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Look: MLB World Reacts To The Tigers' Big Firing

A general view of the Detroit Tigers stadium.

DETROIT - OCTOBER 21: The Detroit Tigers and the St. Louis Cardinals line up on the field before the start of Game One of the 2006 World Series on October 21, 2006 at Comerica Park in Detroit, Michigan.. (Photo by Jamie Squire/Getty Images)

The Detroit Tigers announced a major change Wednesday afternoon, firing longtime general manager and executive vice president Al Avila.

The team released a statement on Twitter revealing the decision, which is effective immediately.

"Once I decided to make a change, I sat down with Al and thanked him for nearly 22 years of service to our organization," Tigers chairman and CEO Christopher Ilitch said. "Al's loyalty and dedication has served as an example to all during his time as a leader in our baseball operations department."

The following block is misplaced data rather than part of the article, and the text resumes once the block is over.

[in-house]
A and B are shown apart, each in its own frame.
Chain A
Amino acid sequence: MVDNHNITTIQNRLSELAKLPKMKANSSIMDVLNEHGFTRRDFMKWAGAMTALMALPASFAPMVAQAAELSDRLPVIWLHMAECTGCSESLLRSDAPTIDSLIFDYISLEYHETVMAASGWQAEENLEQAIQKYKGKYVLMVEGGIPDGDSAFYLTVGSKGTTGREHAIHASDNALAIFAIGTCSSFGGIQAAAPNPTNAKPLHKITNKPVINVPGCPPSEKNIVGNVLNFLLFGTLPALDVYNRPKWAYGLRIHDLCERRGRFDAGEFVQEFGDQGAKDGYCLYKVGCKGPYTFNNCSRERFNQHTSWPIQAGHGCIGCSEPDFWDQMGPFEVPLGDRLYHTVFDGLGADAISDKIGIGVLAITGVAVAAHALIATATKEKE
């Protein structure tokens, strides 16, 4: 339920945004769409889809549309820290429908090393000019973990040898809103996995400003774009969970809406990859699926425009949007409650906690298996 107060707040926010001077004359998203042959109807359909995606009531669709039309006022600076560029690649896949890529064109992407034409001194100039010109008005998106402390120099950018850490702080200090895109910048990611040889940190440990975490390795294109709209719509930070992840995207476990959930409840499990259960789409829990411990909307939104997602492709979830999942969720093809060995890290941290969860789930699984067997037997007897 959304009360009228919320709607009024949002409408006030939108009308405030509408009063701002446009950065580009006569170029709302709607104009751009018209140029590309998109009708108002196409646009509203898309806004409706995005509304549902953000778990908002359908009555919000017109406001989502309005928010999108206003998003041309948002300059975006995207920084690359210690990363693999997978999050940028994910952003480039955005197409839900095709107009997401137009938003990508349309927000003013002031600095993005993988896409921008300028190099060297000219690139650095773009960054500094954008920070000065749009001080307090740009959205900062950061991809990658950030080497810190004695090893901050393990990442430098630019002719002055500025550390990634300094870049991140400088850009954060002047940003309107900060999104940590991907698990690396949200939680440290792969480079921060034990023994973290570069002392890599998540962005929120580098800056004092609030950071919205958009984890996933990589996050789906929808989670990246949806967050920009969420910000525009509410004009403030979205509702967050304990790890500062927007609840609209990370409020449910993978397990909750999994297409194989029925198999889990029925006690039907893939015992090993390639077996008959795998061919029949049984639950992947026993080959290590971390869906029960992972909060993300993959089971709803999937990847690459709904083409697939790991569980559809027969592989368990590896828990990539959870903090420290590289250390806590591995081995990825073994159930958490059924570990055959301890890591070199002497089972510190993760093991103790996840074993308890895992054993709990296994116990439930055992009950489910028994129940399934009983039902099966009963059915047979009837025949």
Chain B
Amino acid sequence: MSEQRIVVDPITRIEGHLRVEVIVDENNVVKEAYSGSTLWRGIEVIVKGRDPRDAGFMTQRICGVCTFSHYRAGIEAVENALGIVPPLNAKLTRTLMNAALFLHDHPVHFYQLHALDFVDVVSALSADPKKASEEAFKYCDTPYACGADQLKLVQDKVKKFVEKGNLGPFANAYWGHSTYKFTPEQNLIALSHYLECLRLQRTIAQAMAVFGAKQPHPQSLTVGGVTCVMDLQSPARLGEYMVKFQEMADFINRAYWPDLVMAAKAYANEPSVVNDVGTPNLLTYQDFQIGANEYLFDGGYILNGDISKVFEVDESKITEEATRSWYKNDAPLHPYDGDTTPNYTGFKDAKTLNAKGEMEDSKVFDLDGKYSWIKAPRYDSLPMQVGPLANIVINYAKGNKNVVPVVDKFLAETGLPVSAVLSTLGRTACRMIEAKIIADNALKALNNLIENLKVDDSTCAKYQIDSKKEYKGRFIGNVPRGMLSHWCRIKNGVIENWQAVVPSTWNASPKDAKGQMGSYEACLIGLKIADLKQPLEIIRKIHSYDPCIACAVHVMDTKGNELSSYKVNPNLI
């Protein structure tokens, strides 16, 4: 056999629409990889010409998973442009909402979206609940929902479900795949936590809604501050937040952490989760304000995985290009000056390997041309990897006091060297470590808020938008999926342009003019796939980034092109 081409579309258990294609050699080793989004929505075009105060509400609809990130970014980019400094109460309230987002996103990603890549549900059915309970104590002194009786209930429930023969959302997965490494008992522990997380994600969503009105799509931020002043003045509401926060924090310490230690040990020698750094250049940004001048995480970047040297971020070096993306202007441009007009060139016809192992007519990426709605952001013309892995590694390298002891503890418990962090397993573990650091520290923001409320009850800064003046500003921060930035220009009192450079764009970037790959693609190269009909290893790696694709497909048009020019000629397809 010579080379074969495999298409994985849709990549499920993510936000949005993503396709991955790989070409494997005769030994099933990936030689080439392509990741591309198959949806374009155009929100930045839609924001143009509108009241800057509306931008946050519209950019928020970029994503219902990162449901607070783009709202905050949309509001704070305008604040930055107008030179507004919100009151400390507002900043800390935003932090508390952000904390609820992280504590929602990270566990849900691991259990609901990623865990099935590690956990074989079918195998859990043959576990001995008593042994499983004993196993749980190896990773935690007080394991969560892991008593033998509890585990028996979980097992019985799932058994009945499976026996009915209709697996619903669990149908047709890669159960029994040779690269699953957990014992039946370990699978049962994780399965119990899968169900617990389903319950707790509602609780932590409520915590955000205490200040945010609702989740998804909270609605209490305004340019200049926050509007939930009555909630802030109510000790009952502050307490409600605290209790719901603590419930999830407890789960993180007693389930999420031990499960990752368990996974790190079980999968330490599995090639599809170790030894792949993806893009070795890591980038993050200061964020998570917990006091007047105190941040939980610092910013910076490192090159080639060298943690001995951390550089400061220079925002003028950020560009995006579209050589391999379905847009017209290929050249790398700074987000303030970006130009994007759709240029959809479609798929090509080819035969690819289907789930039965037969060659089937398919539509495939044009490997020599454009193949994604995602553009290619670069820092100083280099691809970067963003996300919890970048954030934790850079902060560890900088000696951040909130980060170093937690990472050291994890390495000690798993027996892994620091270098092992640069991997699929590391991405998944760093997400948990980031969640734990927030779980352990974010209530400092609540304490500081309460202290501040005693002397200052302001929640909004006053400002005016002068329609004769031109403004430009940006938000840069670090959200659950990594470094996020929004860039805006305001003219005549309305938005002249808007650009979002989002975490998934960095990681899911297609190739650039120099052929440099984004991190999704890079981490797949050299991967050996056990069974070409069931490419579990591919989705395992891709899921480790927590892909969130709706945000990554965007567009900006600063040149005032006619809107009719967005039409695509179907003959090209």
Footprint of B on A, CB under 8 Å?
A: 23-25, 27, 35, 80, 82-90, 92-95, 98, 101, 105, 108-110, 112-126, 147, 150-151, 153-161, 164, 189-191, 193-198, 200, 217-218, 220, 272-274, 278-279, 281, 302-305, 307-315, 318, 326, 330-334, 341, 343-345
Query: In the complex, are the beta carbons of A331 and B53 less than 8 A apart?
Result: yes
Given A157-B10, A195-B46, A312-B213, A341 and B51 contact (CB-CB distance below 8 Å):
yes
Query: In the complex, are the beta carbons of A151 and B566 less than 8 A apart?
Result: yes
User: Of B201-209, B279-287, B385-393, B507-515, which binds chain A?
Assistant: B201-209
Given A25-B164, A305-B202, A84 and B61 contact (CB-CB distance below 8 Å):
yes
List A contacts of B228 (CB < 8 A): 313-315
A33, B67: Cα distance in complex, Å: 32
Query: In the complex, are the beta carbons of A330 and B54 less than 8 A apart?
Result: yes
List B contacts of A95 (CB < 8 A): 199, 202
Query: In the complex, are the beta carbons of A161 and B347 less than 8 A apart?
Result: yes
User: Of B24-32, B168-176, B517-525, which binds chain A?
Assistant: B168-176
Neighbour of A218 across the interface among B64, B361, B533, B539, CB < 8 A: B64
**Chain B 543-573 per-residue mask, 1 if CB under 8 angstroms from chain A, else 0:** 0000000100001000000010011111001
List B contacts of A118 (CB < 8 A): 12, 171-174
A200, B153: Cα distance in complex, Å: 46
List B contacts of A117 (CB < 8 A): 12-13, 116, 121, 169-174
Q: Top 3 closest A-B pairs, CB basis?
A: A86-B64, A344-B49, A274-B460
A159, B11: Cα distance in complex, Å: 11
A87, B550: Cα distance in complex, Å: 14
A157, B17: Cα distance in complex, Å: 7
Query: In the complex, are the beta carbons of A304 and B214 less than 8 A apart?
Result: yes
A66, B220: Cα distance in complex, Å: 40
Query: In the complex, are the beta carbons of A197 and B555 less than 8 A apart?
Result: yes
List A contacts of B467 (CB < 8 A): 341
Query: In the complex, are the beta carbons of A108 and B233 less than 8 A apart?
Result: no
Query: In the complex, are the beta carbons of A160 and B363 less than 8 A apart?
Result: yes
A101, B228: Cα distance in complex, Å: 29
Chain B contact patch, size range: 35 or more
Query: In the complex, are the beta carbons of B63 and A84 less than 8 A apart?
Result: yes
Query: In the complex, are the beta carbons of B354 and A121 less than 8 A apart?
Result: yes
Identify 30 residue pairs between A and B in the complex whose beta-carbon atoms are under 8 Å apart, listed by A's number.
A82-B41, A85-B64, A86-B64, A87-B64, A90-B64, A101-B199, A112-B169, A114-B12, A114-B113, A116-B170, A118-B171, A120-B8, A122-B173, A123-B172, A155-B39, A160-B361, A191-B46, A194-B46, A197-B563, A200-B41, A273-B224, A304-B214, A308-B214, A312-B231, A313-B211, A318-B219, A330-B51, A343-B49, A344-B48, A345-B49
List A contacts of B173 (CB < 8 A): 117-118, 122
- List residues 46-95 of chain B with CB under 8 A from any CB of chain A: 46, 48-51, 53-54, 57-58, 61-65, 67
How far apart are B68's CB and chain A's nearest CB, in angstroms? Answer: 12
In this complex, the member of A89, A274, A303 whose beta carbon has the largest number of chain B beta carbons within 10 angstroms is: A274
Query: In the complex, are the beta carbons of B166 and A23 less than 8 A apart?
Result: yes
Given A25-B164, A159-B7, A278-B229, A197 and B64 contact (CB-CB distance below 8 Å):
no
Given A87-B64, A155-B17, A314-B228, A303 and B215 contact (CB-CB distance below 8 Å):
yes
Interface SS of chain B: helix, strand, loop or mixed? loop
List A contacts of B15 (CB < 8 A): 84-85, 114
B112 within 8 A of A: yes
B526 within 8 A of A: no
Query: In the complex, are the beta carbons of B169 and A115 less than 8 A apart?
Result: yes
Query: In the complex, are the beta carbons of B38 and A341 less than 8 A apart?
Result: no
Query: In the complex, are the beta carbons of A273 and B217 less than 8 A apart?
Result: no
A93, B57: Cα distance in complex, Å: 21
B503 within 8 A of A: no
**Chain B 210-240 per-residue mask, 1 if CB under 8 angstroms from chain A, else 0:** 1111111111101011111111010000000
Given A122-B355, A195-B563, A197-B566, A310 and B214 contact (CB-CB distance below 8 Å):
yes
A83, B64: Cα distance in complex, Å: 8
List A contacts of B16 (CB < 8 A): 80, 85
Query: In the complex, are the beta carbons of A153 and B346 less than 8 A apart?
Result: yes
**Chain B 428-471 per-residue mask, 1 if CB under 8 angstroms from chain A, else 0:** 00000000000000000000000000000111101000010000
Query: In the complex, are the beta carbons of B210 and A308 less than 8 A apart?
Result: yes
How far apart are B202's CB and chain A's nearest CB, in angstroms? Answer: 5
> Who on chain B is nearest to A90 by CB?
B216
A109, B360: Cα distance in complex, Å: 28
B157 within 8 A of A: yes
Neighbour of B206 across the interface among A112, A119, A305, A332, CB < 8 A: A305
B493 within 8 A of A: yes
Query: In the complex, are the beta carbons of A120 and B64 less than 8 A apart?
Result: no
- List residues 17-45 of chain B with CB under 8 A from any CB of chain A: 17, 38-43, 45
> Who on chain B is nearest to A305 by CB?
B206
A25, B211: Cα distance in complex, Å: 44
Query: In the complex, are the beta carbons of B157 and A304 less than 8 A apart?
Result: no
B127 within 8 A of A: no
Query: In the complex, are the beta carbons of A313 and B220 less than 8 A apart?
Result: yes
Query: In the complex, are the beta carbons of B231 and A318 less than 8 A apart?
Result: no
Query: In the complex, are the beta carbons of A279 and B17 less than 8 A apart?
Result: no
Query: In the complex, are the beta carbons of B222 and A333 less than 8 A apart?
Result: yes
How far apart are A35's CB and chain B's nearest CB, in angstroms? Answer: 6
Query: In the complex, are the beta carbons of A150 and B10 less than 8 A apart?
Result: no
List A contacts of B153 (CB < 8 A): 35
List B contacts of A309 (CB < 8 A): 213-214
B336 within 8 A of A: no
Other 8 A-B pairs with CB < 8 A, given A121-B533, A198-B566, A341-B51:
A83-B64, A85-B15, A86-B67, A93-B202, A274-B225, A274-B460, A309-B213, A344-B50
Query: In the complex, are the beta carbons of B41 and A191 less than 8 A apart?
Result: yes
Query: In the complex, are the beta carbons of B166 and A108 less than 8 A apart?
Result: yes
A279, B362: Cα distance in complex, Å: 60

Following a lengthy rebuild, Avila attempted to expedite their path back to contention by signing Javier Baez and Eduardo Rodriguez last offseason However, they're last in the AL Central at 43-68 and slated to miss the playoffs for the eighth consecutive season.

Given the organization's struggles, many onlookers saw Avila's dismissal as overdue.

Yet the timing was also somewhat strange, as the trade deadline passed last week. The Tigers made two minor deals, shipping away outfielder Robbie Grossman and reliever Michael Fulmer.

The Tigers were once a perennial contender behind superstars Miguel Cabrera, Justin Verlander, and Max Scherzer. But they haven't won a World Series since 1984 despite winning the American League pennant in 2006 and 2012. 

Avila's successor will have some promising young building blocks in Riley Greene, Spencer Torkelson, and Tarik Skubal. However, their other premier pitching prospects (Matt Manning, Casey Mize) have not panned out beyond Skubal, and a once-promising farm system fell to No. 24 in ESPN's post-draft rankings

New management may need to oversee another overhaul to bring Detroit back to relevancy.